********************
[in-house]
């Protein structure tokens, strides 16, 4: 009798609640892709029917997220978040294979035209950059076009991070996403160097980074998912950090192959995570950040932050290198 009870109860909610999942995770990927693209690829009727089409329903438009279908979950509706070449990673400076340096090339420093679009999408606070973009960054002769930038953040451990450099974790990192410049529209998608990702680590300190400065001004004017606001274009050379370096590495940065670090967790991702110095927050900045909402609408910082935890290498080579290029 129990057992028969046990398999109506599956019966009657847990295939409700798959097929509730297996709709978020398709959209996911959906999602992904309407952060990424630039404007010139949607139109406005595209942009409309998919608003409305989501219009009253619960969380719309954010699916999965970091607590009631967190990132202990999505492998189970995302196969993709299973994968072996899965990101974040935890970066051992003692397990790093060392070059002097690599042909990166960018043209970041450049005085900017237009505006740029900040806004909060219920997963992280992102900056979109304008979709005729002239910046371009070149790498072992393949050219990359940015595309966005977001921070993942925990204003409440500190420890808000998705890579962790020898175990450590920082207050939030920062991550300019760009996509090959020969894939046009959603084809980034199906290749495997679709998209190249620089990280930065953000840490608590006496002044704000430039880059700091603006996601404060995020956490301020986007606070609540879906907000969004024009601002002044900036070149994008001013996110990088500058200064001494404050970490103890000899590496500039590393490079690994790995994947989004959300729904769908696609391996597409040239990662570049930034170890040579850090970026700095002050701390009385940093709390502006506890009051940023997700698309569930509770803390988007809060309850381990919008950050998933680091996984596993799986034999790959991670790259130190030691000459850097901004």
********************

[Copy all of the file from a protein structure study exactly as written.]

[in-house]
């Protein structure tokens, strides 16, 4: 009798609640892709029917997220978040294979035209950059076009991070996403160097980074998912950090192959995570950040932050290198 009870109860909610999942995770990927693209690829009727089409329903438009279908979950509706070449990673400076340096090339420093679009999408606070973009960054002769930038953040451990450099974790990192410049529209998608990702680590300190400065001004004017606001274009050379370096590495940065670090967790991702110095927050900045909402609408910082935890290498080579290029 129990057992028969046990398999109506599956019966009657847990295939409700798959097929509730297996709709978020398709959209996911959906999602992904309407952060990424630039404007010139949607139109406005595209942009409309998919608003409305989501219009009253619960969380719309954010699916999965970091607590009631967190990132202990999505492998189970995302196969993709299973994968072996899965990101974040935890970066051992003692397990790093060392070059002097690599042909990166960018043209970041450049005085900017237009505006740029900040806004909060219920997963992280992102900056979109304008979709005729002239910046371009070149790498072992393949050219990359940015595309966005977001921070993942925990204003409440500190420890808000998705890579962790020898175990450590920082207050939030920062991550300019760009996509090959020969894939046009959603084809980034199906290749495997679709998209190249620089990280930065953000840490608590006496002044704000430039880059700091603006996601404060995020956490301020986007606070609540879906907000969004024009601002002044900036070149994008001013996110990088500058200064001494404050970490103890000899590496500039590393490079690994790995994947989004959300729904769908696609391996597409040239990662570049930034170890040579850090970026700095002050701390009385940093709390502006506890009051940023997700698309569930509770803390988007809060309850381990919008950050998933680091996984596993799986034999790959991670790259130190030691000459850097901004």